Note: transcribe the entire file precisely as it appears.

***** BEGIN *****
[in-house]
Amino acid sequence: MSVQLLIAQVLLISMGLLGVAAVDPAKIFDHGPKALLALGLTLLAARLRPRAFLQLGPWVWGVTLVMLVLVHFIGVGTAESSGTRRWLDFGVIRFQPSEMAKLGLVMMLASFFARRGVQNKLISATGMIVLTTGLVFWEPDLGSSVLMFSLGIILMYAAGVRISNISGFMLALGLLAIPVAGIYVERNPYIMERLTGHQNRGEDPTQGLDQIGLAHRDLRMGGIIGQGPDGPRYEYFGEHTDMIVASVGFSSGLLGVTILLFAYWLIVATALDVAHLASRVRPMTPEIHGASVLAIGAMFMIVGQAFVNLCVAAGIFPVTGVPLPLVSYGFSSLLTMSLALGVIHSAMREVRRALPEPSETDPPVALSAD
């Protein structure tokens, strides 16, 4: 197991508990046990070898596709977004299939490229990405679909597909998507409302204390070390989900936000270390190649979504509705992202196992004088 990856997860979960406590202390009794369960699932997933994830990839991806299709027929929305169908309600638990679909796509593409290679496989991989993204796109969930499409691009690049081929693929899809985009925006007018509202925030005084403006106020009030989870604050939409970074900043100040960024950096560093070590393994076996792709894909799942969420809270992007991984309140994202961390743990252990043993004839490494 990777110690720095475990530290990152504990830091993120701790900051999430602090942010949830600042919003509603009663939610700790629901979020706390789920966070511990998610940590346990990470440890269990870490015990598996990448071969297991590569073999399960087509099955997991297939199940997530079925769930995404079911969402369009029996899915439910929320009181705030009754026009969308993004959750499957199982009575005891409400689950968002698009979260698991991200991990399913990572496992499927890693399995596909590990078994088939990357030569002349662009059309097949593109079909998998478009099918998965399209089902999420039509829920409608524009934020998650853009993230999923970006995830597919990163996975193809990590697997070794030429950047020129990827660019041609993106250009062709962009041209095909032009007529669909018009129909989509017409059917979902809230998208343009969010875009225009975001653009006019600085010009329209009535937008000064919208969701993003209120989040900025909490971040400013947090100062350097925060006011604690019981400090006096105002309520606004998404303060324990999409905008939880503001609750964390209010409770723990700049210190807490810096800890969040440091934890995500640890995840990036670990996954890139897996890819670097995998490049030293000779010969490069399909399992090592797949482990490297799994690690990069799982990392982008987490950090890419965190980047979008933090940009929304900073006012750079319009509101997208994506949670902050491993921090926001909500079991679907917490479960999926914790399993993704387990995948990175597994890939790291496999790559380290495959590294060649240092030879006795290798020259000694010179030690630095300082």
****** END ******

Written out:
[in-house]
Amino acid sequence: MSVQLLIAQVLLISMGLLGVAAVDPAKIFDHGPKALLALGLTLLAARLRPRAFLQLGPWVWGVTLVMLVLVHFIGVGTAESSGTRRWLDFGVIRFQPSEMAKLGLVMMLASFFARRGVQNKLISATGMIVLTTGLVFWEPDLGSSVLMFSLGIILMYAAGVRISNISGFMLALGLLAIPVAGIYVERNPYIMERLTGHQNRGEDPTQGLDQIGLAHRDLRMGGIIGQGPDGPRYEYFGEHTDMIVASVGFSSGLLGVTILLFAYWLIVATALDVAHLASRVRPMTPEIHGASVLAIGAMFMIVGQAFVNLCVAAGIFPVTGVPLPLVSYGFSSLLTMSLALGVIHSAMREVRRALPEPSETDPPVALSAD
């Protein structure tokens, strides 16, 4: 197991508990046990070898596709977004299939490229990405679909597909998507409302204390070390989900936000270390190649979504509705992202196992004088 990856997860979960406590202390009794369960699932997933994830990839991806299709027929929305169908309600638990679909796509593409290679496989991989993204796109969930499409691009690049081929693929899809985009925006007018509202925030005084403006106020009030989870604050939409970074900043100040960024950096560093070590393994076996792709894909799942969420809270992007991984309140994202961390743990252990043993004839490494 990777110690720095475990530290990152504990830091993120701790900051999430602090942010949830600042919003509603009663939610700790629901979020706390789920966070511990998610940590346990990470440890269990870490015990598996990448071969297991590569073999399960087509099955997991297939199940997530079925769930995404079911969402369009029996899915439910929320009181705030009754026009969308993004959750499957199982009575005891409400689950968002698009979260698991991200991990399913990572496992499927890693399995596909590990078994088939990357030569002349662009059309097949593109079909998998478009099918998965399209089902999420039509829920409608524009934020998650853009993230999923970006995830597919990163996975193809990590697997070794030429950047020129990827660019041609993106250009062709962009041209095909032009007529669909018009129909989509017409059917979902809230998208343009969010875009225009975001653009006019600085010009329209009535937008000064919208969701993003209120989040900025909490971040400013947090100062350097925060006011604690019981400090006096105002309520606004998404303060324990999409905008939880503001609750964390209010409770723990700049210190807490810096800890969040440091934890995500640890995840990036670990996954890139897996890819670097995998490049030293000779010969490069399909399992090592797949482990490297799994690690990069799982990392982008987490950090890419965190980047979008933090940009929304900073006012750079319009509101997208994506949670902050491993921090926001909500079991679907917490479960999926914790399993993704387990995948990175597994890939790291496999790559380290495959590294060649240092030879006795290798020259000694010179030690630095300082």